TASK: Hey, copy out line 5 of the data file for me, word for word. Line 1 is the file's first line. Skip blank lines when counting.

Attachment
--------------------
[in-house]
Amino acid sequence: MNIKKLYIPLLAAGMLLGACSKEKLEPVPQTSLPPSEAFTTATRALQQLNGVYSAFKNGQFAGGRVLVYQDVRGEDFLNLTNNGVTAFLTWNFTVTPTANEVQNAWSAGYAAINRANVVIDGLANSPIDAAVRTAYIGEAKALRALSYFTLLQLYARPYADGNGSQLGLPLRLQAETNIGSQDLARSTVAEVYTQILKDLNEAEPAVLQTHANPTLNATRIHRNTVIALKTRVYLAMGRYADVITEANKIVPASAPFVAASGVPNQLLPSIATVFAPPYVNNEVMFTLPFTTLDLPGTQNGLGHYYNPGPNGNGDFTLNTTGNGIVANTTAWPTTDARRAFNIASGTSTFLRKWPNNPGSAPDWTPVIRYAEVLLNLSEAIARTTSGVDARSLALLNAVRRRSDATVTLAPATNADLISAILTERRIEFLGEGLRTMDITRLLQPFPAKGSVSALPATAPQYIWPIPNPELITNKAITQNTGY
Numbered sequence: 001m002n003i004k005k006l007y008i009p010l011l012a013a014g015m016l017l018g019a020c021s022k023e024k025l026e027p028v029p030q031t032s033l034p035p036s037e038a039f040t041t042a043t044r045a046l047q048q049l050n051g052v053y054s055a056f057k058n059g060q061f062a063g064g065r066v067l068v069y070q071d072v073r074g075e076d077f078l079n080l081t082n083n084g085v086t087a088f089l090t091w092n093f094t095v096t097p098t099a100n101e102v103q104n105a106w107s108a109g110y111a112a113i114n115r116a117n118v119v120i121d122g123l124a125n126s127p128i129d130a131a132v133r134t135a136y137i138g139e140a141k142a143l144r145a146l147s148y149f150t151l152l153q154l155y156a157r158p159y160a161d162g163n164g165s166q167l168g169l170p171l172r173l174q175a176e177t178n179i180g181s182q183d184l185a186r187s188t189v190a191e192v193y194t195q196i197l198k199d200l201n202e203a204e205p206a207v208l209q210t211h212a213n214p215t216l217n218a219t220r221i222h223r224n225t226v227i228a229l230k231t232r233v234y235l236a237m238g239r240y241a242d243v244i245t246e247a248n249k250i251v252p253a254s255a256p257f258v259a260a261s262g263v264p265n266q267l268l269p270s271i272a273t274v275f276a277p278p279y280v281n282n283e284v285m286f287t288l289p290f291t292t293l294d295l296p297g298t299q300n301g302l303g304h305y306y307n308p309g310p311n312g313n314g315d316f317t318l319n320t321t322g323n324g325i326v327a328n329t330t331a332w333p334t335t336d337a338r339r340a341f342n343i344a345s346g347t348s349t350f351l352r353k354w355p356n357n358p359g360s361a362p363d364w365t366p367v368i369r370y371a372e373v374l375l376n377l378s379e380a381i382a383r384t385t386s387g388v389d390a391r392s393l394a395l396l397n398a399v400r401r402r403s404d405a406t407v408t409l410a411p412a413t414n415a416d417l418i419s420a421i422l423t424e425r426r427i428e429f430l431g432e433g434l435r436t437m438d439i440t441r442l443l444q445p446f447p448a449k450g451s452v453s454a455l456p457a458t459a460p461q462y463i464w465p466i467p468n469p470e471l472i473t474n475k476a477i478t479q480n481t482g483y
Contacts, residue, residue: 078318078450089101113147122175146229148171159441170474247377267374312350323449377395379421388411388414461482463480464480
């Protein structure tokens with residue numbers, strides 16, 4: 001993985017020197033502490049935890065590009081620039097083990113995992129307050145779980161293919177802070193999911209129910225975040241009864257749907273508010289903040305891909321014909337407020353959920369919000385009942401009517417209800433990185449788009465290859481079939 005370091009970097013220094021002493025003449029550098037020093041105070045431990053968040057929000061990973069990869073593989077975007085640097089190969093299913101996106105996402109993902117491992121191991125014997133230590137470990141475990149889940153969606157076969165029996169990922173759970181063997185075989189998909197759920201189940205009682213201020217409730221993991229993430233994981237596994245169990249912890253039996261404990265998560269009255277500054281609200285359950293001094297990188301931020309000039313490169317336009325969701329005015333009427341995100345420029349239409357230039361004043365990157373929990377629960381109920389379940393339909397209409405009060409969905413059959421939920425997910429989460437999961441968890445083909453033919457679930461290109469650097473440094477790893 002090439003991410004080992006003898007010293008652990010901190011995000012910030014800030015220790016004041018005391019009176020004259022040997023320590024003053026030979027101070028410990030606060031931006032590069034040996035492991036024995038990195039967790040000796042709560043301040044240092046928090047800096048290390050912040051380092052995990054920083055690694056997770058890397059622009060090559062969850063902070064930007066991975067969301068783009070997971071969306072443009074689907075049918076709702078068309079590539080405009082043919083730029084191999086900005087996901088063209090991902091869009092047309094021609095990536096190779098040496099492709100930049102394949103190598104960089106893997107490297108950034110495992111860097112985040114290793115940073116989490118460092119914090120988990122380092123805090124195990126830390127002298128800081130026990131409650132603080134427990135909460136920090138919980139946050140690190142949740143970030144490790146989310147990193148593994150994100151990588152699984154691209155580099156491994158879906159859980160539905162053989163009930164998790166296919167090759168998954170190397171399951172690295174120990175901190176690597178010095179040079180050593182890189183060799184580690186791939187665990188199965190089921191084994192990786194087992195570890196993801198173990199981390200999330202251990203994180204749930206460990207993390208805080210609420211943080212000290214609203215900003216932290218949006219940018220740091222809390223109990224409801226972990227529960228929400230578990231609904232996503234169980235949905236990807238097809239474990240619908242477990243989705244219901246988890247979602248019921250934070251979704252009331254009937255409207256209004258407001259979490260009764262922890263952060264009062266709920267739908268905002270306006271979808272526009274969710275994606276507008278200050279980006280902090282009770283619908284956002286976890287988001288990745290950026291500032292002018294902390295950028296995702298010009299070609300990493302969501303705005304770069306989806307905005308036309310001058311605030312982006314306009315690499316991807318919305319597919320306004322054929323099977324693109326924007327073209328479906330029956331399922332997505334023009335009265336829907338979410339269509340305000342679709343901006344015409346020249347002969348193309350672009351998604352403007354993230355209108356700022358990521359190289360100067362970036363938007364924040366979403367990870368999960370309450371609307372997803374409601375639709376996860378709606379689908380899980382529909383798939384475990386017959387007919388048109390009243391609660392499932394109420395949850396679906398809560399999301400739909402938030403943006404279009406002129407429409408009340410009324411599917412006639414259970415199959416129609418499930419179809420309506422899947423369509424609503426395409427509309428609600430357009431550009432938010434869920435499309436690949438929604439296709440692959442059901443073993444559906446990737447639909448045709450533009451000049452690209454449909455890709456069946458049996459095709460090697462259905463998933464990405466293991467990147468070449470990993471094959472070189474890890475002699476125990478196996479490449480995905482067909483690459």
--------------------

């Protein structure tokens with residue numbers, strides 16, 4: 001993985017020197033502490049935890065590009081620039097083990113995992129307050145779980161293919177802070193999911209129910225975040241009864257749907273508010289903040305891909321014909337407020353959920369919000385009942401009517417209800433990185449788009465290859481079939 005370091009970097013220094021002493025003449029550098037020093041105070045431990053968040057929000061990973069990869073593989077975007085640097089190969093299913101996106105996402109993902117491992121191991125014997133230590137470990141475990149889940153969606157076969165029996169990922173759970181063997185075989189998909197759920201189940205009682213201020217409730221993991229993430233994981237596994245169990249912890253039996261404990265998560269009255277500054281609200285359950293001094297990188301931020309000039313490169317336009325969701329005015333009427341995100345420029349239409357230039361004043365990157373929990377629960381109920389379940393339909397209409405009060409969905413059959421939920425997910429989460437999961441968890445083909453033919457679930461290109469650097473440094477790893 002090439003991410004080992006003898007010293008652990010901190011995000012910030014800030015220790016004041018005391019009176020004259022040997023320590024003053026030979027101070028410990030606060031931006032590069034040996035492991036024995038990195039967790040000796042709560043301040044240092046928090047800096048290390050912040051380092052995990054920083055690694056997770058890397059622009060090559062969850063902070064930007066991975067969301068783009070997971071969306072443009074689907075049918076709702078068309079590539080405009082043919083730029084191999086900005087996901088063209090991902091869009092047309094021609095990536096190779098040496099492709100930049102394949103190598104960089106893997107490297108950034110495992111860097112985040114290793115940073116989490118460092119914090120988990122380092123805090124195990126830390127002298128800081130026990131409650132603080134427990135909460136920090138919980139946050140690190142949740143970030144490790146989310147990193148593994150994100151990588152699984154691209155580099156491994158879906159859980160539905162053989163009930164998790166296919167090759168998954170190397171399951172690295174120990175901190176690597178010095179040079180050593182890189183060799184580690186791939187665990188199965190089921191084994192990786194087992195570890196993801198173990199981390200999330202251990203994180204749930206460990207993390208805080210609420211943080212000290214609203215900003216932290218949006219940018220740091222809390223109990224409801226972990227529960228929400230578990231609904232996503234169980235949905236990807238097809239474990240619908242477990243989705244219901246988890247979602248019921250934070251979704252009331254009937255409207256209004258407001259979490260009764262922890263952060264009062266709920267739908268905002270306006271979808272526009274969710275994606276507008278200050279980006280902090282009770283619908284956002286976890287988001288990745290950026291500032292002018294902390295950028296995702298010009299070609300990493302969501303705005304770069306989806307905005308036309310001058311605030312982006314306009315690499316991807318919305319597919320306004322054929323099977324693109326924007327073209328479906330029956331399922332997505334023009335009265336829907338979410339269509340305000342679709343901006344015409346020249347002969348193309350672009351998604352403007354993230355209108356700022358990521359190289360100067362970036363938007364924040366979403367990870368999960370309450371609307372997803374409601375639709376996860378709606379689908380899980382529909383798939384475990386017959387007919388048109390009243391609660392499932394109420395949850396679906398809560399999301400739909402938030403943006404279009406002129407429409408009340410009324411599917412006639414259970415199959416129609418499930419179809420309506422899947423369509424609503426395409427509309428609600430357009431550009432938010434869920435499309436690949438929604439296709440692959442059901443073993444559906446990737447639909448045709450533009451000049452690209454449909455890709456069946458049996459095709460090697462259905463998933464990405466293991467990147468070449470990993471094959472070189474890890475002699476125990478196996479490449480995905482067909483690459």